By Rabbi Dow Marmur.
The primary purpose of Prime Minister Netanyahu’s demand that the Palestinians recognize Israel as a Jewish state is probably to make sure that, after they get their state, they cease to make claims on Israel, as their present ideology may prompt them to do.
At a symposium held last Monday in the Van Leer Institute in Jerusalem I heard three versions of what the Jewish state should really be beyond the political arguments. In addition, of course, there’s the demand that it should follow Jewish law in all its minutiae; a Jewish version of Muslim sharia law that the haredim seem to want.
The three other versions were well reflected in the discussion at the symposium about what Israel should do with its African asylum seekers in the light of the Jews’ collective memory of the past, particularly the Holocaust.
Proponents of the first version argued that, having experienced the Holocaust and having ourselves been refugees with nowhere to go, it behooves us Jews to live by the Biblical command to care for the stranger because “you were strangers in the land of Egypt.” The idea of people seeking refuge in the Jewish state to be turned away in one form or another was – rightly, in my humble opinion – deemed to be scandalous.
A second version, not surprisingly argued by two panelists close to the government, suggested that precisely because we’ve been slaves in many lands and have survived the Holocaust, we must make sure that Israel remains a place for Jews (and Jews only?). A large influx of foreigners may turn out to constitute “an existential threat” to Israel. We Jews have no other country than this, so let’s keep it Jewish.
In order to augment this argument, one of the panelists insisted that the overwhelming majority of Africans come to Israel for economic reasons and, therefore, the humanitarian principles that proponents of the first version put forward don’t apply. Israel is the only developed country accessible on foot by people living in Africa. They choose not to stay in the many other countries they pass on their way and come to Israel primarily because of the economic opportunities it offers.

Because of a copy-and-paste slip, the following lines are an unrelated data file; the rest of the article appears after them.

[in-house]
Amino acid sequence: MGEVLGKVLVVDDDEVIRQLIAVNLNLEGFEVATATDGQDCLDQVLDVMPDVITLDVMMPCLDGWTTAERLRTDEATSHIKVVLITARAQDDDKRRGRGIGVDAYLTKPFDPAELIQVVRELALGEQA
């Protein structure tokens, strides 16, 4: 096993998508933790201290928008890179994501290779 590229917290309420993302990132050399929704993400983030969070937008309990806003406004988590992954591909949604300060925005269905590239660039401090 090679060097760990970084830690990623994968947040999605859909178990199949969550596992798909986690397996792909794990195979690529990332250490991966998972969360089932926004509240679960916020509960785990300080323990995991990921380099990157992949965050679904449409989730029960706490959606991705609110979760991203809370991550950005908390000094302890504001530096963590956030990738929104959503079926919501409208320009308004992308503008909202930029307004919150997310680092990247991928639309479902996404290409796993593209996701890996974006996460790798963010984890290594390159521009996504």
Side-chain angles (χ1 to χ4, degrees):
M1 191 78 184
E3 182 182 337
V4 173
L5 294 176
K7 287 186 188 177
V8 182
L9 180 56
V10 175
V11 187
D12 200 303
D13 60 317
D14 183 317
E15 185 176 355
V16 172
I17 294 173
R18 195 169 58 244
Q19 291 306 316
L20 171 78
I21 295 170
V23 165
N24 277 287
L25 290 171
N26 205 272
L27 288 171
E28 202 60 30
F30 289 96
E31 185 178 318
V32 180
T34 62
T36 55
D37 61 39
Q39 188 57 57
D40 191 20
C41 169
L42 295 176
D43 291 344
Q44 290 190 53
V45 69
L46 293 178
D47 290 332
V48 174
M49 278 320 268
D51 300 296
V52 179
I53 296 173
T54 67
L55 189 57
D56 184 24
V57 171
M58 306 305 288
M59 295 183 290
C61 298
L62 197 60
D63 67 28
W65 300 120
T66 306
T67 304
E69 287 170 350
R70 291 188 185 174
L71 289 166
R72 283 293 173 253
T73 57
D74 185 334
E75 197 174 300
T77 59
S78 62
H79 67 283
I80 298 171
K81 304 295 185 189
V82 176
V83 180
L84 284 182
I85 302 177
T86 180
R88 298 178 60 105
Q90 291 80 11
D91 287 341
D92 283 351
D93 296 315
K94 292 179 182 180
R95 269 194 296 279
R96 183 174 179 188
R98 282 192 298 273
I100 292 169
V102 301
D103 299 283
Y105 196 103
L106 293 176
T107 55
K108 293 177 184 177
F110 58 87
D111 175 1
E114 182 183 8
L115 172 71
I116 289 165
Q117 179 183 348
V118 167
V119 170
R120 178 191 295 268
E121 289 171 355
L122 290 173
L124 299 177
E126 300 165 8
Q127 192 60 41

A third version, argued most persuasively by a lawyer who has worked with refugees for the last decade, challenged the premise of the second version that Israel should be for Jews only and that the Africans come to make money, not to save their lives. She insisted that the overwhelming majority who come here are in real danger and that it’s, therefore, the duty of this, like every other democratic state, to provide shelter for them. The personal stories some of the asylum seekers tell are heart-breaking.
Israel has signed the relevant international treaties and, therefore, is duty bound to adhere to them instead of seeking excuses and using bureaucratic subterfuges to renege on its obligations. To be a Jewish state isn’t only to rely on memories of the Holocaust and other Jewish calamities (first version) or to deny entry to refugees because of it (second version) but to adhere to international principles of goodness and justice.
I, too, find it impossible to accept the second version. Any state that may act callously towards others – whatever the demographic excuse or the historic reason – isn’t a state in which I’d like to live, let alone a Jewish state. A combination of the two other arguments in favour of leniency towards asylum seekers appears to be the most authentic manifestation of what a Jewish state ought to be and what Judaism seeks to instill in us.